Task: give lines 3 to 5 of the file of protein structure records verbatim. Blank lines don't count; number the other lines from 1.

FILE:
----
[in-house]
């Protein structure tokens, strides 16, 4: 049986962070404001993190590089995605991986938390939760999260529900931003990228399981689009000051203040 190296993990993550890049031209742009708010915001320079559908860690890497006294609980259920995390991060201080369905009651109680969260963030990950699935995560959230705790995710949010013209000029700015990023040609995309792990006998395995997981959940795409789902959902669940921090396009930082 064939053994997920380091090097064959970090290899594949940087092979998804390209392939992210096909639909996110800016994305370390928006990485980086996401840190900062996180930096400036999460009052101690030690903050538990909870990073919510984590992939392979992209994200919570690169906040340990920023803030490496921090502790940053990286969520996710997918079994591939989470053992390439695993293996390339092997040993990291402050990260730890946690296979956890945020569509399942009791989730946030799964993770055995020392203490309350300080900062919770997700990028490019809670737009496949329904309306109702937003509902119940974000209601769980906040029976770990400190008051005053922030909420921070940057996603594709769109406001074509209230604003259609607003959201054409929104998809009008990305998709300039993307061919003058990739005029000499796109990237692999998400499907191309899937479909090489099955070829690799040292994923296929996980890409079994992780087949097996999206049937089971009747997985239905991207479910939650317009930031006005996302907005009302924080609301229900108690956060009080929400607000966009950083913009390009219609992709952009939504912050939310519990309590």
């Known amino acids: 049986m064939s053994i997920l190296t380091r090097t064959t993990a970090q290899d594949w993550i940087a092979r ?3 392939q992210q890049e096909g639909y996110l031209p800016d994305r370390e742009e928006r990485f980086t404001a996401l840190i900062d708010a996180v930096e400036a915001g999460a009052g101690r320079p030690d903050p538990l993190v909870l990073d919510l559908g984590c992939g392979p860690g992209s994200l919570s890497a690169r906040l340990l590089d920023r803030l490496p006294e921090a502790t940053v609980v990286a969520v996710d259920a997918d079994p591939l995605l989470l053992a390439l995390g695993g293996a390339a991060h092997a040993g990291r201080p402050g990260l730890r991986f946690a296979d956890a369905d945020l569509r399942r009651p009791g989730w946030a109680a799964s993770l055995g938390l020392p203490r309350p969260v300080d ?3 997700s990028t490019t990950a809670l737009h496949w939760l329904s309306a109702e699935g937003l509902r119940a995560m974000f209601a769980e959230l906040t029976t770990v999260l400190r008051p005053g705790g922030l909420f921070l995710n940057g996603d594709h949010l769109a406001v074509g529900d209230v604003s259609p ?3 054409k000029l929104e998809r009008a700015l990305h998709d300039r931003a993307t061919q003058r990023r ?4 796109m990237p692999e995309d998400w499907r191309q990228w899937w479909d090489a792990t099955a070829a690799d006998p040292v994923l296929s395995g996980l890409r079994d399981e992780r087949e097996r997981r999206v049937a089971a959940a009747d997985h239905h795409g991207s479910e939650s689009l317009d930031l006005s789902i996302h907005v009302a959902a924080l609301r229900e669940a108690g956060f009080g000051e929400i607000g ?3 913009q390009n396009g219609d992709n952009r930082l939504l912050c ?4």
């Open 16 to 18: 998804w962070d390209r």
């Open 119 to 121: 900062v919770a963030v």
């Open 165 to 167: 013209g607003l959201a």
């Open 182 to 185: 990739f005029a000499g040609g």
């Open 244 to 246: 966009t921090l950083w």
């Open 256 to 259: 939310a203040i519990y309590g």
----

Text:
């Known amino acids: 049986m064939s053994i997920l190296t380091r090097t064959t993990a970090q290899d594949w993550i940087a092979r ?3 392939q992210q890049e096909g639909y996110l031209p800016d994305r370390e742009e928006r990485f980086t404001a996401l840190i900062d708010a996180v930096e400036a915001g999460a009052g101690r320079p030690d903050p538990l993190v909870l990073d919510l559908g984590c992939g392979p860690g992209s994200l919570s890497a690169r906040l340990l590089d920023r803030l490496p006294e921090a502790t940053v609980v990286a969520v996710d259920a997918d079994p591939l995605l989470l053992a390439l995390g695993g293996a390339a991060h092997a040993g990291r201080p402050g990260l730890r991986f946690a296979d956890a369905d945020l569509r399942r009651p009791g989730w946030a109680a799964s993770l055995g938390l020392p203490r309350p969260v300080d ?3 997700s990028t490019t990950a809670l737009h496949w939760l329904s309306a109702e699935g937003l509902r119940a995560m974000f209601a769980e959230l906040t029976t770990v999260l400190r008051p005053g705790g922030l909420f921070l995710n940057g996603d594709h949010l769109a406001v074509g529900d209230v604003s259609p ?3 054409k000029l929104e998809r009008a700015l990305h998709d300039r931003a993307t061919q003058r990023r ?4 796109m990237p692999e995309d998400w499907r191309q990228w899937w479909d090489a792990t099955a070829a690799d006998p040292v994923l296929s395995g996980l890409r079994d399981e992780r087949e097996r997981r999206v049937a089971a959940a009747d997985h239905h795409g991207s479910e939650s689009l317009d930031l006005s789902i996302h907005v009302a959902a924080l609301r229900e669940a108690g956060f009080g000051e929400i607000g ?3 913009q390009n396009g219609d992709n952009r930082l939504l912050c ?4």
């Open 16 to 18: 998804w962070d390209r």
């Open 119 to 121: 900062v919770a963030v």